The need for IT and robotic programming skills is growing dramatically, while in many countries across the globe these technical skills are still not part of the daily courses at school. For many teachers in primary and secondary schools, it is not obvious how to prepare a technical class. In Belgium, many initiatives were founded to assist in the teaching of technical and robotic skills and to inspire young people to acquire them. In this article we will describe 4 of these Belgian initiatives: Dwengo, RoboCup Junior, OPSORO and STEM Heroes. Find out about these different initiatives and how to get involved!
In 2009 in Belgium, six engineers decided to found a volunteer network that designs and provides educational packages for teaching technical skills such as programming, buildings robots or automating difficult tasks. Up till now, more than 1.000 volunteers are collaborating, and together we reach more than 10.000 children every year.
Dwengo tries to help already existing local communities by offering them expertise and ready-to-use tutorials, hardware kits and robot simulator (blockly.dwengo.org). Dwengo also offers ready-to-use course materials. For example, with WeGoSTEM, elementary school teachers can freely borrow the materials at the public library to build a drawing robot in the classroom. In AI at School (aiopschool.be), teachers and students learn the concepts of AI and its application in biology, linguistics, healthcare, art, etc.
The strength of Dwengo lies in international collaboration. Every year new projects are launched in different countries. All these projects combine STEM expertise and didactics.
Photo credits: Dwengo
To achieve the highest quality, Dwengo collaborates with international researchers and teachers. This two-way collaboration has helped Dwengo to reach a unique position in the computer science education landscape and resulted in winning twice the Google RISE award and the Queen Paola award for education for their unique approach.
If you want to join as a volunteer for your country or use the teaching materials, check out the website https://www.dwengo.org
RoboCup Junior – broadcasted from Robotland
Since 2009, RoboCup Junior is organised in Belgium as a collaboration between the different Flemish universities and university colleges at Ghent, Brussels, and Antwerp.
RoboCup Junior is the little sibling of the RoboCup, an annual international robotics competition where researchers from all over the world come together to participate in various challenges. A dedicated education book was developed, and workshops were available for training teachers. During the finals also the research labs demonstrate their robots to further inspire the youngsters.
This year, because of COVID-19 pandemic, the competition was organised in a virtual way, and the final session was broadcasted from within Robotland. Unlike the traditional competition, where teams collaborate and build a robot to participate, this year the focus was on designing robot solutions to solve the societal challenges in the virtual city “Robotegem.”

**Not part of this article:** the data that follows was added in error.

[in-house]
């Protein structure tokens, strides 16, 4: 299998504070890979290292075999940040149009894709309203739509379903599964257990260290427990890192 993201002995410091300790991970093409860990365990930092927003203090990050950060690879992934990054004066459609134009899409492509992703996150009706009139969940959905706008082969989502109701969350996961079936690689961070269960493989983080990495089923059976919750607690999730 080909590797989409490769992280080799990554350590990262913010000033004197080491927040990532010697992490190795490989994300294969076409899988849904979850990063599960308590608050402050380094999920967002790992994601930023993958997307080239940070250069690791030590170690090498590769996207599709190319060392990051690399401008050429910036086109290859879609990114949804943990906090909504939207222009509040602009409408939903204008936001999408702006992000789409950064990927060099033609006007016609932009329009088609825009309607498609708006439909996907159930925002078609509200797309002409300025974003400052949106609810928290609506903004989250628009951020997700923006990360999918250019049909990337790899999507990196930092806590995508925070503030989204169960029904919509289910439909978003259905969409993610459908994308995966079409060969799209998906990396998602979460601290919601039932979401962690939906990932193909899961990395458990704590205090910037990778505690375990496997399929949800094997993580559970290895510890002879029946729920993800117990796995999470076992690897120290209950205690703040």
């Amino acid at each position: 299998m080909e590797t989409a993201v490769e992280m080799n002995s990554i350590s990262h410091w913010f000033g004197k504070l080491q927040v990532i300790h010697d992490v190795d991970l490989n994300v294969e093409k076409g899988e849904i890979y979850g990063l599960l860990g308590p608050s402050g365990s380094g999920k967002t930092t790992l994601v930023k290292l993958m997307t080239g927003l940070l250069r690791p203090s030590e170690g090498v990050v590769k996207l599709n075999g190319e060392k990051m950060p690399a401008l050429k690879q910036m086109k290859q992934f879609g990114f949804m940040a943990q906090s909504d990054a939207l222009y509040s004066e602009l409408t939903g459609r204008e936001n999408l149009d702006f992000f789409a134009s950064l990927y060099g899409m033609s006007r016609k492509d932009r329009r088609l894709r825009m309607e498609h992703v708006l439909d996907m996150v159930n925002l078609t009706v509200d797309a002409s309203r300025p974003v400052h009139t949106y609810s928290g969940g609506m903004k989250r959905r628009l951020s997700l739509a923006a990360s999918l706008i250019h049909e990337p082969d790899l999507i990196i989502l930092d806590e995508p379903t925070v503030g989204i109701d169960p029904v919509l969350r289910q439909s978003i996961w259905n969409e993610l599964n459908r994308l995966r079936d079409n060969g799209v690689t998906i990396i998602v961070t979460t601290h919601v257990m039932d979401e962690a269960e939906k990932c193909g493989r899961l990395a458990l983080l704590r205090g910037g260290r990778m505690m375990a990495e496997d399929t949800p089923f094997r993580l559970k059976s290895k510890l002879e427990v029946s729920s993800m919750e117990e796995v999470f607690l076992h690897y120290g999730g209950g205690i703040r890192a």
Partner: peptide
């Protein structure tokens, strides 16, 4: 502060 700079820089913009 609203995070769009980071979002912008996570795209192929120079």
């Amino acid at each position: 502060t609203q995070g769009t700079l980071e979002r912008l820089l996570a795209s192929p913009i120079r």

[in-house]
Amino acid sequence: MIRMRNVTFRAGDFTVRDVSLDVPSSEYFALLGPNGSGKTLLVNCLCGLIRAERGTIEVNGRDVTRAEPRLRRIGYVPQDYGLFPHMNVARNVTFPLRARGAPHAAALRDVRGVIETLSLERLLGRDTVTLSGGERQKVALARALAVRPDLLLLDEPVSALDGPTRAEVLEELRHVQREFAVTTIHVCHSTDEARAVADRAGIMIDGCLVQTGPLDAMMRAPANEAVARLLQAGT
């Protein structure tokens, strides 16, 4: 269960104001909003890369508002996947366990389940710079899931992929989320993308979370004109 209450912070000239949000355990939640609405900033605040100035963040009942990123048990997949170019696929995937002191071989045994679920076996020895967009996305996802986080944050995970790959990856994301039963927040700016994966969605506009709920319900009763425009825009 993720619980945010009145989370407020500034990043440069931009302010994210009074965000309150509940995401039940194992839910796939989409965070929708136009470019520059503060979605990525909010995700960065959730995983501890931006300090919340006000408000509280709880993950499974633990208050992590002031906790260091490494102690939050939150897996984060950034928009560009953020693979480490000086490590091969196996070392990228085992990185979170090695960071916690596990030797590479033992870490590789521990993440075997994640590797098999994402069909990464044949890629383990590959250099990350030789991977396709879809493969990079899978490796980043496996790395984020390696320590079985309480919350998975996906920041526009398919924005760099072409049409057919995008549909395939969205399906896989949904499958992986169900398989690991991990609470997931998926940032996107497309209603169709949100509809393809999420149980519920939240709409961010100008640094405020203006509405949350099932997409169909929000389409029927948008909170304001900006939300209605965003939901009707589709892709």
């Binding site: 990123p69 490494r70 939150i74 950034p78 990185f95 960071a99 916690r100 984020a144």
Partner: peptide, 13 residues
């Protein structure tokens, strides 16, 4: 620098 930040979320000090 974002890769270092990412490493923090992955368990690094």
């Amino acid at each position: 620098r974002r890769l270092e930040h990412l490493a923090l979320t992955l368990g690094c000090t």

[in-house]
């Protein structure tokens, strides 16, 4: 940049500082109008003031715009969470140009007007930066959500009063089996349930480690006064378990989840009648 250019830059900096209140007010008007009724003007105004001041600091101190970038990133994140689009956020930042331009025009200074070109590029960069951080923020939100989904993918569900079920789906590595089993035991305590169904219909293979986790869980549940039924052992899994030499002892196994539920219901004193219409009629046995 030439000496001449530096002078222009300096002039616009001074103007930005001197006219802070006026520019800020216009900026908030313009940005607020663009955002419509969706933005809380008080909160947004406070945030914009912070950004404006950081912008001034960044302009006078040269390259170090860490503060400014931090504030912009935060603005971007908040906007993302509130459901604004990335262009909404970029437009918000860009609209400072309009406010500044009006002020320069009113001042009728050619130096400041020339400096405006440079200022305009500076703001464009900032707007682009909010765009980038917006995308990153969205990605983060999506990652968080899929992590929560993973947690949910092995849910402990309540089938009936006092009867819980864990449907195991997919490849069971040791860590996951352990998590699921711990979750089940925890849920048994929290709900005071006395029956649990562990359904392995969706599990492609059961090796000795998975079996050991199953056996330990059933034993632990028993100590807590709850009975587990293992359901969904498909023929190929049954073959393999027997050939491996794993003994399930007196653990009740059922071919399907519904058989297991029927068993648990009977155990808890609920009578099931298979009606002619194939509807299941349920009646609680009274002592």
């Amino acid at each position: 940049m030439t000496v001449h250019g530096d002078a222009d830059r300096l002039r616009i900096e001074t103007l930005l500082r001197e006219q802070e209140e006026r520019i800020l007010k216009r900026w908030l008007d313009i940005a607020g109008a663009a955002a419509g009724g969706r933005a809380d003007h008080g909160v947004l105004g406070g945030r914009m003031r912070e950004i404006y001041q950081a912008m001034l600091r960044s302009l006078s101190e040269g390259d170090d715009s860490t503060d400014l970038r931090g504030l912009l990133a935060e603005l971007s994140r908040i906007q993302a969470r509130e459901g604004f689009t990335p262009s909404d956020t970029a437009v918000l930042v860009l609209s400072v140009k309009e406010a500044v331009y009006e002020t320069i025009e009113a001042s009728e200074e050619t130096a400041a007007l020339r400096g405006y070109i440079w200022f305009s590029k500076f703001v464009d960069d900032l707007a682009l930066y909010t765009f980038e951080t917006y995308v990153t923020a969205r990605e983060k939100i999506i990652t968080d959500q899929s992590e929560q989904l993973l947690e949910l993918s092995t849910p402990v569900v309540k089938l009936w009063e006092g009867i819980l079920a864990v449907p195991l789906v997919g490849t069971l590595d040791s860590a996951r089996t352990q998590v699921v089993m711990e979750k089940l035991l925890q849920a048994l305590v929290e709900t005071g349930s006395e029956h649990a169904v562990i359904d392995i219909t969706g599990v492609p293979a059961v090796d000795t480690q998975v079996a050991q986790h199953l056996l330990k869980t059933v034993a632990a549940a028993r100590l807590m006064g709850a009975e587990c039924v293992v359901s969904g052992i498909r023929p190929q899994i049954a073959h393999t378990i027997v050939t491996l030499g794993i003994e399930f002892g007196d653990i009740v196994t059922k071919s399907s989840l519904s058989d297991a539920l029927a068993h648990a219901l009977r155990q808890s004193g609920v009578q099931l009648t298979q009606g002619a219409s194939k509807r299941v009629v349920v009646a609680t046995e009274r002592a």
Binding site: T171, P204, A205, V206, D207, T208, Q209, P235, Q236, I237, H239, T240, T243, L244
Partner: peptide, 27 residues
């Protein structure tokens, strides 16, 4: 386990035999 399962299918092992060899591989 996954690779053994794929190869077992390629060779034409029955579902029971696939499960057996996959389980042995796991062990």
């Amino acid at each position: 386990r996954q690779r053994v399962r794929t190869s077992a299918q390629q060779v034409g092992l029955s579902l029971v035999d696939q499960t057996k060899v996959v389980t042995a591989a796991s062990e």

Photo credits: RoboCup Junior
Robotland is a private initiative to promote STEM education and provides an alternative to adventure parks such as Disneyland, focusing on experiencing robots and technology in real-life. In the park you can drive a Segway, interact with several robots, fly over the Grand Canyon with 3D VR glasses, order drinks at the RobotBar, drive a bobcat, etc.
OPSORO (Open Platform for SOcial RObotics) is a research project from the Ghent University. This robotic platform is more than a robot, it democratises social robot technologies and is meant for everyone, not only techies, makers, or developers. Your age or gender does not matter, you try out the PLAY module and build your own OPSORO without having any developing knowledge: https://opsoro.ugent.be/
OPSORO combines its open software platform with an open, modular, social robot, named ONO. This offers novices a Do-It-Yourself design toolkit that enables the construction of your own social robot, by using reusable hardware components in a custom designed look-and-feel for your robot. This way, you can create a good-looking social soulmate that can interact with you in real-life or even via social media.
Photo credits: Opsoro
‘STEM heroes’ is a large-scale media campaign aimed at young people (10 to 14-year-old), parents and teachers broadcasted on national public television as well as via social media. In each episode a ‘child reporter’ explores a specific STEM discipline and their relation to a societal challenge. The campaign is funded by the Belgian sector funds of specific industries and coordinated by the Flemish STEM platform and Technopolis. The video material is aligned with relevant curriculum standards and can be used in classroom education. The concept is always the same: a theoretically trained STEM professional and a trained STEM professional show how, together, they ensure that their company can solve a socially relevant problem. Examples include recycled plastic, safer and more environmentally friendly cars, safety of money in the bank, easy access to job vacancies on the labour market, etc. If you want to get inspired, here is a link to the library of videos: https://www.technopolis.be/nl/stemhelden/
Authors: Wouter Haerick , Philip Leroux, Francis Wyffels, Bram Vanderborght, Jelle Saldien and Céline Van Rijckeghem